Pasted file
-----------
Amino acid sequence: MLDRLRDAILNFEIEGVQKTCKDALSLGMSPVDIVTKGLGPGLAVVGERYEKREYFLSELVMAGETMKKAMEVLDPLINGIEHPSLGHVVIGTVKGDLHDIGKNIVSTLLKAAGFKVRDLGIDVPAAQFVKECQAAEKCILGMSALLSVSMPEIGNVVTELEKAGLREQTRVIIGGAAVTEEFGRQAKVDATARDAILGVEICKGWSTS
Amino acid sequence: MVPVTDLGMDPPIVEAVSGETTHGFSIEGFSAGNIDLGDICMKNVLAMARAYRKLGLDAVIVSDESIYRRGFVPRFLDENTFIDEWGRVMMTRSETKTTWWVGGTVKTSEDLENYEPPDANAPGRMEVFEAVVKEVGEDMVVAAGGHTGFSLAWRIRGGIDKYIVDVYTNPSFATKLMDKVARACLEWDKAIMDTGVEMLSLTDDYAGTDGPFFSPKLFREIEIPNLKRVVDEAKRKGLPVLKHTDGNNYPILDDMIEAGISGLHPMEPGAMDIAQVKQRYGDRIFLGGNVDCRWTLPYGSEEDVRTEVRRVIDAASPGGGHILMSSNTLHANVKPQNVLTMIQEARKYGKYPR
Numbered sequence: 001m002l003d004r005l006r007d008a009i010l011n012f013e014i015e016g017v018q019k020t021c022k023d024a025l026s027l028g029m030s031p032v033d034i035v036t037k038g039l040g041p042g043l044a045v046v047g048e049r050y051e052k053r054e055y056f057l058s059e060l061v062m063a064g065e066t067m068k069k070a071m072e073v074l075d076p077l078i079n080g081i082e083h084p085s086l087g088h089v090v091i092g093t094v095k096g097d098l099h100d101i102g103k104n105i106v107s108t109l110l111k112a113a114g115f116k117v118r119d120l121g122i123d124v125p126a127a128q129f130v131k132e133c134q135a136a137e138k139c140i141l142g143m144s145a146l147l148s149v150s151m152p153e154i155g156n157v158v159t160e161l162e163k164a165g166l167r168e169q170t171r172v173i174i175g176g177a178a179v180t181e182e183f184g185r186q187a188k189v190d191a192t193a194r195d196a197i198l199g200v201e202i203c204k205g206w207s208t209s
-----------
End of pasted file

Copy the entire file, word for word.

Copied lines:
Amino acid sequence: MLDRLRDAILNFEIEGVQKTCKDALSLGMSPVDIVTKGLGPGLAVVGERYEKREYFLSELVMAGETMKKAMEVLDPLINGIEHPSLGHVVIGTVKGDLHDIGKNIVSTLLKAAGFKVRDLGIDVPAAQFVKECQAAEKCILGMSALLSVSMPEIGNVVTELEKAGLREQTRVIIGGAAVTEEFGRQAKVDATARDAILGVEICKGWSTS
Amino acid sequence: MVPVTDLGMDPPIVEAVSGETTHGFSIEGFSAGNIDLGDICMKNVLAMARAYRKLGLDAVIVSDESIYRRGFVPRFLDENTFIDEWGRVMMTRSETKTTWWVGGTVKTSEDLENYEPPDANAPGRMEVFEAVVKEVGEDMVVAAGGHTGFSLAWRIRGGIDKYIVDVYTNPSFATKLMDKVARACLEWDKAIMDTGVEMLSLTDDYAGTDGPFFSPKLFREIEIPNLKRVVDEAKRKGLPVLKHTDGNNYPILDDMIEAGISGLHPMEPGAMDIAQVKQRYGDRIFLGGNVDCRWTLPYGSEEDVRTEVRRVIDAASPGGGHILMSSNTLHANVKPQNVLTMIQEARKYGKYPR
Numbered sequence: 001m002l003d004r005l006r007d008a009i010l011n012f013e014i015e016g017v018q019k020t021c022k023d024a025l026s027l028g029m030s031p032v033d034i035v036t037k038g039l040g041p042g043l044a045v046v047g048e049r050y051e052k053r054e055y056f057l058s059e060l061v062m063a064g065e066t067m068k069k070a071m072e073v074l075d076p077l078i079n080g081i082e083h084p085s086l087g088h089v090v091i092g093t094v095k096g097d098l099h100d101i102g103k104n105i106v107s108t109l110l111k112a113a114g115f116k117v118r119d120l121g122i123d124v125p126a127a128q129f130v131k132e133c134q135a136a137e138k139c140i141l142g143m144s145a146l147l148s149v150s151m152p153e154i155g156n157v158v159t160e161l162e163k164a165g166l167r168e169q170t171r172v173i174i175g176g177a178a179v180t181e182e183f184g185r186q187a188k189v190d191a192t193a194r195d196a197i198l199g200v201e202i203c204k205g206w207s208t209s